Preserving our cultural heritage
FINALLY, the UN has classified hurling and camogie as global protected cultural activities, part of our intangible heritage. So finally now we are up there with the Jamaicans and their reggae, the Belgians and their beer-making and the people of Naples and their pizzadough making.
While the UN is at it, there are a few more unique parts of Ireland’s intangible heritage that they should consider recognising — endangered cornerstones of our culture that need protection. In the sphere of hurling and camogie alone there are many things that need protecting — milk in a Lucozade bottle to go with the flask of tea and sandwiches on All-Ireland Final Day; stopping off for one pint on the way to Croke Park and missing the match.
But beyond that there is a rich cultural heritage that is dying out in Ireland and some people certainly think we will be poorer without it. What about the Stations of the Cross in people’s houses? This was an early Irish form of the dinner party, but where people did a bit of penance first so it didn’t seem as if they were enjoying themselves too much. Nothing better than re-living the passion and crucifixion of Christ to keep people from losing the run of themselves on a night out. Indeed, there are a whole load of unique traditions connecting to our past as a religious country that should get a heritage designation. The phrase “Who said Mass?” and the feeling it evokes in a Massdodging teen, for example. Or the great Irish tradition of calling people out from the altar for everything from not paying their dues to fornication.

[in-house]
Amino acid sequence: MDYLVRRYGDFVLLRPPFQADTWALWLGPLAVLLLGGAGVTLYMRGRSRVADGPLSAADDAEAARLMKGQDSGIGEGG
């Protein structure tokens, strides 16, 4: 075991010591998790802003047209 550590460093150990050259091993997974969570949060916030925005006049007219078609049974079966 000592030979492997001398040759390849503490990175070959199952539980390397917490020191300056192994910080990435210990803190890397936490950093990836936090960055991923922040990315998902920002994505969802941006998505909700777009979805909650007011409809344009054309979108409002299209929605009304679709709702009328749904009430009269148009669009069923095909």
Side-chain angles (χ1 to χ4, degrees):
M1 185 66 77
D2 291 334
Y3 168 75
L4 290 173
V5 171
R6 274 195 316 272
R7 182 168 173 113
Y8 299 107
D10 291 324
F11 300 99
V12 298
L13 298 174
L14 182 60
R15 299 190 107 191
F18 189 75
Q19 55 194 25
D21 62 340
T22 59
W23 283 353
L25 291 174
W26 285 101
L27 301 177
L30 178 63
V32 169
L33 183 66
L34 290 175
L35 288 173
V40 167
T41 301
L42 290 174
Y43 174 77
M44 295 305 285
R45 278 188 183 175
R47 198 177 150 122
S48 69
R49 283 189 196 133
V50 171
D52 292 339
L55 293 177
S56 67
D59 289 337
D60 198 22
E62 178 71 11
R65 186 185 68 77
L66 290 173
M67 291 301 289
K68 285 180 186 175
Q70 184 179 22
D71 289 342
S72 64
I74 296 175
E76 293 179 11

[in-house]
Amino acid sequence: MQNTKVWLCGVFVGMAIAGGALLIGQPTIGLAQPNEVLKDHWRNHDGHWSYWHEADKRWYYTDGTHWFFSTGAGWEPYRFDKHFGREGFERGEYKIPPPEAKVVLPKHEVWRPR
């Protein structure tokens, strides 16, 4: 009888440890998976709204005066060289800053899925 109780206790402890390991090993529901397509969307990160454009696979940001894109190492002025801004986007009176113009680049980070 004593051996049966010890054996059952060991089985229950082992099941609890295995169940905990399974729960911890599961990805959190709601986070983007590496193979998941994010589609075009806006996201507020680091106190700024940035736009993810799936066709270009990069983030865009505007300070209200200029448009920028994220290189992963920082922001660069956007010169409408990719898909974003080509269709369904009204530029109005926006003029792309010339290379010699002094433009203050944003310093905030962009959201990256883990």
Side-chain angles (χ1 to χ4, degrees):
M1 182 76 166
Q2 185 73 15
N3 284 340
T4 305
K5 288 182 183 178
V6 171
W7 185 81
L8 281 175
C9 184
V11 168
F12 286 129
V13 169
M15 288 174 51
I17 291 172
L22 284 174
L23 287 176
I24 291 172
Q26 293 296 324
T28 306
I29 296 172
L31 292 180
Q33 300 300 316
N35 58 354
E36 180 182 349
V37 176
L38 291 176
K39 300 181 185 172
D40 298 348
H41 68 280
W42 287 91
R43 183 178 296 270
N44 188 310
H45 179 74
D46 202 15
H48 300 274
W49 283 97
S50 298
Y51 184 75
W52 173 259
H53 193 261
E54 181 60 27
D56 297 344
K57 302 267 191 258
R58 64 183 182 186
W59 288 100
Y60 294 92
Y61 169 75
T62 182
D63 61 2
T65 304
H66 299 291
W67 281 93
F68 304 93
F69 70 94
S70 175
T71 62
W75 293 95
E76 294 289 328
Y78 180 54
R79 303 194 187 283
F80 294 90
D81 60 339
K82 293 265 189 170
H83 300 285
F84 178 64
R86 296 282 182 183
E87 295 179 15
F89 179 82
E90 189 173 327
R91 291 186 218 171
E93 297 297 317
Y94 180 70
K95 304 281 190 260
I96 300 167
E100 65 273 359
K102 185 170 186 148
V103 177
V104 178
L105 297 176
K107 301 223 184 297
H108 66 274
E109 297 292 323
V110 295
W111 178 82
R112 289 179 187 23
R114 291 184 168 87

This time of year is rich with intangible heritage. Like going for a pint with every randomer you bump into because it’s Christmas, or leaving all the presents in the pub when you stopped off for a swifty on the way home, but not remembering which of the half-dozen pubs you visited that you left the presents in. Chocolate Kimberley should be up there too, along with the tradition of buying the Celebrations in November because they were on a deal, and having them eaten before it’s even December. That mild disappointment that the bags of Taytos in the Christmas box of 20 are small-sized is a uniquely Irish feeling. As is the feeling of relief you get when you realise you can just eat another bag of them.
Saying sorry all the time should also be recognised as part of our heritage. Not saying sorry by way of apologising, but saying sorry as a way of trying to get the attention of a waiter or barman. And saying sorry when someone bumps into us, even though it was their fault.
Men bulging out of cycling shorts eating scones at roadside cafes should be included; bitching about the Toy Show; having a Bono story. I could go on.